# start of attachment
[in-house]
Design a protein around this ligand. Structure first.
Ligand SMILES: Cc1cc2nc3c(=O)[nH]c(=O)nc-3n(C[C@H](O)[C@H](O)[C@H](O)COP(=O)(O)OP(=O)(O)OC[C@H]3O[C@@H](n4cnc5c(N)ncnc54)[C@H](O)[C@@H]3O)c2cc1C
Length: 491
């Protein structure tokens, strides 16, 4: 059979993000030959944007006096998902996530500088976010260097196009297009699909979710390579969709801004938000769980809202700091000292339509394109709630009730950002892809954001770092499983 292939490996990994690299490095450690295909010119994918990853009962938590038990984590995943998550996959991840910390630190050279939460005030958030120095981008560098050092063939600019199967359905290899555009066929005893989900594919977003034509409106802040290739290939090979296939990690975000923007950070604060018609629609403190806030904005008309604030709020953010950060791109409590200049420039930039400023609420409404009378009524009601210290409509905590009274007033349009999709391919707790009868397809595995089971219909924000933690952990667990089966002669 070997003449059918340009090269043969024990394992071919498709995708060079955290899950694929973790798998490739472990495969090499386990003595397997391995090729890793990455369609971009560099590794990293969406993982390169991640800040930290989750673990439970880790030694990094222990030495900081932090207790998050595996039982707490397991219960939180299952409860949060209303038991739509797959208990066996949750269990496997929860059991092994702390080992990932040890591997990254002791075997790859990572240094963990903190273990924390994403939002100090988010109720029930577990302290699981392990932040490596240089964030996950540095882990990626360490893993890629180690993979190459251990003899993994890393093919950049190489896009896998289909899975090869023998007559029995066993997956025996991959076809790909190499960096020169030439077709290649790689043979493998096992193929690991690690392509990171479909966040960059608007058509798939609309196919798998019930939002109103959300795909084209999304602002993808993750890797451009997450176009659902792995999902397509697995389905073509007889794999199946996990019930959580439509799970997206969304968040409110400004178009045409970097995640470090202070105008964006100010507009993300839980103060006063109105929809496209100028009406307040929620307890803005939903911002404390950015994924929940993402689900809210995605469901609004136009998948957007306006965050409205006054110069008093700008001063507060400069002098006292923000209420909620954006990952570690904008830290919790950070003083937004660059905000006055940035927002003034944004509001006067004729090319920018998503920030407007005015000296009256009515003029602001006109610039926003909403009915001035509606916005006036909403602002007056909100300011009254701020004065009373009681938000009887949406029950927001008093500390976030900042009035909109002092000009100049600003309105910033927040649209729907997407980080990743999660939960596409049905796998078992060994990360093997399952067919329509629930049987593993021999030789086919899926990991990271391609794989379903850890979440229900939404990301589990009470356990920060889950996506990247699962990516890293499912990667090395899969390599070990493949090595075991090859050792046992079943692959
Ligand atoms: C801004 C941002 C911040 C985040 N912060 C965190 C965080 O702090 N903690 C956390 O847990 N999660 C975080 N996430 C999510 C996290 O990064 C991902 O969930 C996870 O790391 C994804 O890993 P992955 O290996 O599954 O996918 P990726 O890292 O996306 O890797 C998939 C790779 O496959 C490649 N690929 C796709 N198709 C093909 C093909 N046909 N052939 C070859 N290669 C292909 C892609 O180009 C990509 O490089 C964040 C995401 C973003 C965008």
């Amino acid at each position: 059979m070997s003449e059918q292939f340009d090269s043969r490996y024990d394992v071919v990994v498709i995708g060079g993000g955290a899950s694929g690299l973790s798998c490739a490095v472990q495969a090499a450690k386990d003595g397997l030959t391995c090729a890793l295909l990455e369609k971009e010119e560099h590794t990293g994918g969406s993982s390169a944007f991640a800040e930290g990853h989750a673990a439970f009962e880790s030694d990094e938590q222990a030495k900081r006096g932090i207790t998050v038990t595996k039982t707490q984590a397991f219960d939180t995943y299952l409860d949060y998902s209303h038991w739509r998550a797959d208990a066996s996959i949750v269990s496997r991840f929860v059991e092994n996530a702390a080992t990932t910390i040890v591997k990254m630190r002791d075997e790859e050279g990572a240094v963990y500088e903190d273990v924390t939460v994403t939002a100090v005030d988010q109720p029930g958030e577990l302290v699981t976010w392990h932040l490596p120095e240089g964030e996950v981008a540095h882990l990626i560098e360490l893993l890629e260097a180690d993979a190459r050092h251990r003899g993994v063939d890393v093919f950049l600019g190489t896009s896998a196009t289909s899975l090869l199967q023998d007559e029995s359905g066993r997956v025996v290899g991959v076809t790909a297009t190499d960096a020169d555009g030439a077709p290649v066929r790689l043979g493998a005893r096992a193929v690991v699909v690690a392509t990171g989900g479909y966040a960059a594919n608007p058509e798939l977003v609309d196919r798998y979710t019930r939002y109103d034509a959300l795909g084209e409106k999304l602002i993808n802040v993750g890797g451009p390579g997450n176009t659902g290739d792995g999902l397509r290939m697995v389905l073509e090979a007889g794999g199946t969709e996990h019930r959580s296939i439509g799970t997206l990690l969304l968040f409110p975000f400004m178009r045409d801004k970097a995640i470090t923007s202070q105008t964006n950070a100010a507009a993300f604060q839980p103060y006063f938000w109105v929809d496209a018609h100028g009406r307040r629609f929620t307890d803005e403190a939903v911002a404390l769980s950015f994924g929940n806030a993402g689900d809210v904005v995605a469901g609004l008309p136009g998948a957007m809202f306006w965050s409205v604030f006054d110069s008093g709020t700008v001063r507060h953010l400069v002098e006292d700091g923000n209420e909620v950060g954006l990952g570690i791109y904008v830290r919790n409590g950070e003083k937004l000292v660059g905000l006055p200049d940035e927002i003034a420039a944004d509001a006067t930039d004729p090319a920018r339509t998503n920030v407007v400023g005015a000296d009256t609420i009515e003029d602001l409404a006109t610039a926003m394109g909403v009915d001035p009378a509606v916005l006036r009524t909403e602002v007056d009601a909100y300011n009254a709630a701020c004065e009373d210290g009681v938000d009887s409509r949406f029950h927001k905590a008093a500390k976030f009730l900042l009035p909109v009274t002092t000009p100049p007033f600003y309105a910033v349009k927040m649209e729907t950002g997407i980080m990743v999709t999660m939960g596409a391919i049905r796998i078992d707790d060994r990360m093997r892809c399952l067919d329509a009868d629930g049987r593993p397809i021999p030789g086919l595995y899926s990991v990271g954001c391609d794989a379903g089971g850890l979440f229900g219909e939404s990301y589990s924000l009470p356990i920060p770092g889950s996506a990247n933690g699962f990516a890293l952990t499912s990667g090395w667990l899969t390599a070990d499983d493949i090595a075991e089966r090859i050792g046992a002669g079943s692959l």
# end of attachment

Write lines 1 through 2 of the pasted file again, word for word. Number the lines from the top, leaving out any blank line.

[in-house]
Design a protein around this ligand. Structure first.